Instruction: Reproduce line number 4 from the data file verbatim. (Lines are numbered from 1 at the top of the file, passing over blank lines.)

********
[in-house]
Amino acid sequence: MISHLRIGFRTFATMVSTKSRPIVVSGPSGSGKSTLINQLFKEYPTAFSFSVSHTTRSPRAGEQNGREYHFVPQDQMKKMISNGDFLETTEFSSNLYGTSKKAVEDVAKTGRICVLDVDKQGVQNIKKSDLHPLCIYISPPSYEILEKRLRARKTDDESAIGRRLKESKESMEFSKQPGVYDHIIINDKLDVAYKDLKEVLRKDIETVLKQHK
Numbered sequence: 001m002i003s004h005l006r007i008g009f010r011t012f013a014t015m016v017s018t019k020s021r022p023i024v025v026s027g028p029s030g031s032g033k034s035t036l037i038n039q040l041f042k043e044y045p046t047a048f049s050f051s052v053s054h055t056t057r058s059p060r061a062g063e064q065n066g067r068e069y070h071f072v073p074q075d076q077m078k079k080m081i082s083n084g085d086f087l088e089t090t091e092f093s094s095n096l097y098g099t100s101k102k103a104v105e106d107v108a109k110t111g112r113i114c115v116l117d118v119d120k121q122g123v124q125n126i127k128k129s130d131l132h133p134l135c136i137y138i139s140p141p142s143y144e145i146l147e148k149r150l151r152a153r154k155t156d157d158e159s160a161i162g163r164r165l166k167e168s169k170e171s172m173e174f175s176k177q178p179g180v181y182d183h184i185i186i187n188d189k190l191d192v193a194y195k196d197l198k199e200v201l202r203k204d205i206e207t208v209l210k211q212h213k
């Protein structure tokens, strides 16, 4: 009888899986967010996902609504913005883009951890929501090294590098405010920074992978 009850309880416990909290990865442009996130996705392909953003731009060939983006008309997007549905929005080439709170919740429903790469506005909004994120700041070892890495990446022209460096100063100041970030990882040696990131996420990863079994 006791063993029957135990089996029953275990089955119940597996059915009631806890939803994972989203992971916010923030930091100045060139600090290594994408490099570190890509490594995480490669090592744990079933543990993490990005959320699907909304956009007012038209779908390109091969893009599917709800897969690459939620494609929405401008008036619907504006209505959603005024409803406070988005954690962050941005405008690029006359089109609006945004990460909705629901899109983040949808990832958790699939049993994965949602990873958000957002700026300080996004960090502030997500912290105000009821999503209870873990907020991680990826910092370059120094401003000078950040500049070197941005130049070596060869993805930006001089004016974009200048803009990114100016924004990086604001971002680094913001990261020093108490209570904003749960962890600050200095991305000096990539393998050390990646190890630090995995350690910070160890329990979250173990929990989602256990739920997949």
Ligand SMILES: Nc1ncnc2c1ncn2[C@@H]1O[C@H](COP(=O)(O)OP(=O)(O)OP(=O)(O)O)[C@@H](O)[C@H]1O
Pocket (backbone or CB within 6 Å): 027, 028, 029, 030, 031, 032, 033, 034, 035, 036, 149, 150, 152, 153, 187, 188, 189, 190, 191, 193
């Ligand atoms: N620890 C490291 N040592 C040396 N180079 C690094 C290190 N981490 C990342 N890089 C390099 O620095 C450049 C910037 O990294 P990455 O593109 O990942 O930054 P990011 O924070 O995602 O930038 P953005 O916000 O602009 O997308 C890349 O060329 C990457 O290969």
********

């Protein structure tokens, strides 16, 4: 009888899986967010996902609504913005883009951890929501090294590098405010920074992978 009850309880416990909290990865442009996130996705392909953003731009060939983006008309997007549905929005080439709170919740429903790469506005909004994120700041070892890495990446022209460096100063100041970030990882040696990131996420990863079994 006791063993029957135990089996029953275990089955119940597996059915009631806890939803994972989203992971916010923030930091100045060139600090290594994408490099570190890509490594995480490669090592744990079933543990993490990005959320699907909304956009007012038209779908390109091969893009599917709800897969690459939620494609929405401008008036619907504006209505959603005024409803406070988005954690962050941005405008690029006359089109609006945004990460909705629901899109983040949808990832958790699939049993994965949602990873958000957002700026300080996004960090502030997500912290105000009821999503209870873990907020991680990826910092370059120094401003000078950040500049070197941005130049070596060869993805930006001089004016974009200048803009990114100016924004990086604001971002680094913001990261020093108490209570904003749960962890600050200095991305000096990539393998050390990646190890630090995995350690910070160890329990979250173990929990989602256990739920997949």